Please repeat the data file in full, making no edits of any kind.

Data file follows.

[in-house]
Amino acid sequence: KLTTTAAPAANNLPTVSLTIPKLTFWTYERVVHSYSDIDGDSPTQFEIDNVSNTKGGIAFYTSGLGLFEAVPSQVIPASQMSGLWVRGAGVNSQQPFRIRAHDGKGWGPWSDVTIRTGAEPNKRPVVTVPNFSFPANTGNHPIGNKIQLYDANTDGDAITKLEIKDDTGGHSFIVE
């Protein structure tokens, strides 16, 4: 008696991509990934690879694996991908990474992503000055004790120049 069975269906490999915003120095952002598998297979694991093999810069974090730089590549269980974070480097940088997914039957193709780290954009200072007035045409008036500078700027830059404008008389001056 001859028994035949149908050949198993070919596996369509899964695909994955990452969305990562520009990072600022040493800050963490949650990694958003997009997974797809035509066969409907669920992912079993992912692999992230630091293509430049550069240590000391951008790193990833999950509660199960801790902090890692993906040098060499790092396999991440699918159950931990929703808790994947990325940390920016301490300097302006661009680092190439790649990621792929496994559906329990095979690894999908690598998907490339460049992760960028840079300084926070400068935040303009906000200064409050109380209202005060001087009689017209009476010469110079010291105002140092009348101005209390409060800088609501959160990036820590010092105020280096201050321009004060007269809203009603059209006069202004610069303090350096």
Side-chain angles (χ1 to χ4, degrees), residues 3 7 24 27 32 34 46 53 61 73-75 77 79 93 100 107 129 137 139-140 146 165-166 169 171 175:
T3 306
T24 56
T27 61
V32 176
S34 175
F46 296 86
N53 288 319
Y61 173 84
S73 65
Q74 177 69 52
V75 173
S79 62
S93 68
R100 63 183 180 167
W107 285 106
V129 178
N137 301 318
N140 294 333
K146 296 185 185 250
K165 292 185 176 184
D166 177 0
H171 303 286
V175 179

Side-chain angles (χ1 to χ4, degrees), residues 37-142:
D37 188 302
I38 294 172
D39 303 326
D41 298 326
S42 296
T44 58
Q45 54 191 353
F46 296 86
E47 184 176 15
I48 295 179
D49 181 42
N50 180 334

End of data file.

[in-house]
Amino acid sequence: KLTTTAAPAANNLPTVSLTIPKLTFWTYERVVHSYSDIDGDSPTQFEIDNVSNTKGGIAFYTSGLGLFEAVPSQVIPASQMSGLWVRGAGVNSQQPFRIRAHDGKGWGPWSDVTIRTGAEPNKRPVVTVPNFSFPANTGNHPIGNKIQLYDANTDGDAITKLEIKDDTGGHSFIVE
């Protein structure tokens, strides 16, 4: 008696991509990934690879694996991908990474992503000055004790120049 069975269906490999915003120095952002598998297979694991093999810069974090730089590549269980974070480097940088997914039957193709780290954009200072007035045409008036500078700027830059404008008389001056 001859028994035949149908050949198993070919596996369509899964695909994955990452969305990562520009990072600022040493800050963490949650990694958003997009997974797809035509066969409907669920992912079993992912692999992230630091293509430049550069240590000391951008790193990833999950509660199960801790902090890692993906040098060499790092396999991440699918159950931990929703808790994947990325940390920016301490300097302006661009680092190439790649990621792929496994559906329990095979690894999908690598998907490339460049992760960028840079300084926070400068935040303009906000200064409050109380209202005060001087009689017209009476010469110079010291105002140092009348101005209390409060800088609501959160990036820590010092105020280096201050321009004060007269809203009603059209006069202004610069303090350096």
Side-chain angles (χ1 to χ4, degrees), residues 3 7 24 27 32 34 46 53 61 73-75 77 79 93 100 107 129 137 139-140 146 165-166 169 171 175:
T3 306
T24 56
T27 61
V32 176
S34 175
F46 296 86
N53 288 319
Y61 173 84
S73 65
Q74 177 69 52
V75 173
S79 62
S93 68
R100 63 183 180 167
W107 285 106
V129 178
N137 301 318
N140 294 333
K146 296 185 185 250
K165 292 185 176 184
D166 177 0
H171 303 286
V175 179

Side-chain angles (χ1 to χ4, degrees), residues 37-142:
D37 188 302
I38 294 172
D39 303 326
D41 298 326
S42 296
T44 58
Q45 54 191 353
F46 296 86
E47 184 176 15
I48 295 179
D49 181 42
N50 180 334